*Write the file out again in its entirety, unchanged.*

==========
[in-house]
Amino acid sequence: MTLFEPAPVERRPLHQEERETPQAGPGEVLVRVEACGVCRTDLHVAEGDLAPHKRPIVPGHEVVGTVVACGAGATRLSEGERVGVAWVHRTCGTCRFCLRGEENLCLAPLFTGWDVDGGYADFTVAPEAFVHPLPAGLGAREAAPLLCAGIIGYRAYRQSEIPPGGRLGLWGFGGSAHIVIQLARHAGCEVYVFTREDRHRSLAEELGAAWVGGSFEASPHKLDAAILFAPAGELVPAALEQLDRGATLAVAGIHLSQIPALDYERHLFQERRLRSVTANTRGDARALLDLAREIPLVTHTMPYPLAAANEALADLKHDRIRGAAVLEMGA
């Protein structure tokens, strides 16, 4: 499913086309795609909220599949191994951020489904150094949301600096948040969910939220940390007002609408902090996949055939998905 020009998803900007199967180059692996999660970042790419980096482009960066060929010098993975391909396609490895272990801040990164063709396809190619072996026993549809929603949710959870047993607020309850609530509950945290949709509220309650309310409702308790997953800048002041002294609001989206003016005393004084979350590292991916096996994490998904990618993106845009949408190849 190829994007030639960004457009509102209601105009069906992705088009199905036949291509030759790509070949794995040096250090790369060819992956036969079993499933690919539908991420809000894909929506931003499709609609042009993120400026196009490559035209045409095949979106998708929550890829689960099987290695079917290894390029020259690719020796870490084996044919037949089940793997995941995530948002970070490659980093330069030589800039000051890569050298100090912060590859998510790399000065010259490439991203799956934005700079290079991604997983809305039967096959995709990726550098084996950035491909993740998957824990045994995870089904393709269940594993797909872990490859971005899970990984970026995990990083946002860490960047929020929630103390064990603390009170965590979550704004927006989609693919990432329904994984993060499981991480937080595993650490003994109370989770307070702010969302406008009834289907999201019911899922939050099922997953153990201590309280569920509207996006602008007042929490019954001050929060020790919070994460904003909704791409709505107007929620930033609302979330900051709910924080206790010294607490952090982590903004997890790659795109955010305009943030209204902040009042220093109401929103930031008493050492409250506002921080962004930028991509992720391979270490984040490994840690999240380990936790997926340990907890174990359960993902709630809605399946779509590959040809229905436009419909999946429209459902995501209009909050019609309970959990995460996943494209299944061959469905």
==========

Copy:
[in-house]
Amino acid sequence: MTLFEPAPVERRPLHQEERETPQAGPGEVLVRVEACGVCRTDLHVAEGDLAPHKRPIVPGHEVVGTVVACGAGATRLSEGERVGVAWVHRTCGTCRFCLRGEENLCLAPLFTGWDVDGGYADFTVAPEAFVHPLPAGLGAREAAPLLCAGIIGYRAYRQSEIPPGGRLGLWGFGGSAHIVIQLARHAGCEVYVFTREDRHRSLAEELGAAWVGGSFEASPHKLDAAILFAPAGELVPAALEQLDRGATLAVAGIHLSQIPALDYERHLFQERRLRSVTANTRGDARALLDLAREIPLVTHTMPYPLAAANEALADLKHDRIRGAAVLEMGA
């Protein structure tokens, strides 16, 4: 499913086309795609909220599949191994951020489904150094949301600096948040969910939220940390007002609408902090996949055939998905 020009998803900007199967180059692996999660970042790419980096482009960066060929010098993975391909396609490895272990801040990164063709396809190619072996026993549809929603949710959870047993607020309850609530509950945290949709509220309650309310409702308790997953800048002041002294609001989206003016005393004084979350590292991916096996994490998904990618993106845009949408190849 190829994007030639960004457009509102209601105009069906992705088009199905036949291509030759790509070949794995040096250090790369060819992956036969079993499933690919539908991420809000894909929506931003499709609609042009993120400026196009490559035209045409095949979106998708929550890829689960099987290695079917290894390029020259690719020796870490084996044919037949089940793997995941995530948002970070490659980093330069030589800039000051890569050298100090912060590859998510790399000065010259490439991203799956934005700079290079991604997983809305039967096959995709990726550098084996950035491909993740998957824990045994995870089904393709269940594993797909872990490859971005899970990984970026995990990083946002860490960047929020929630103390064990603390009170965590979550704004927006989609693919990432329904994984993060499981991480937080595993650490003994109370989770307070702010969302406008009834289907999201019911899922939050099922997953153990201590309280569920509207996006602008007042929490019954001050929060020790919070994460904003909704791409709505107007929620930033609302979330900051709910924080206790010294607490952090982590903004997890790659795109955010305009943030209204902040009042220093109401929103930031008493050492409250506002921080962004930028991509992720391979270490984040490994840690999240380990936790997926340990907890174990359960993902709630809605399946779509590959040809229905436009419909999946429209459902995501209009909050019609309970959990995460996943494209299944061959469905």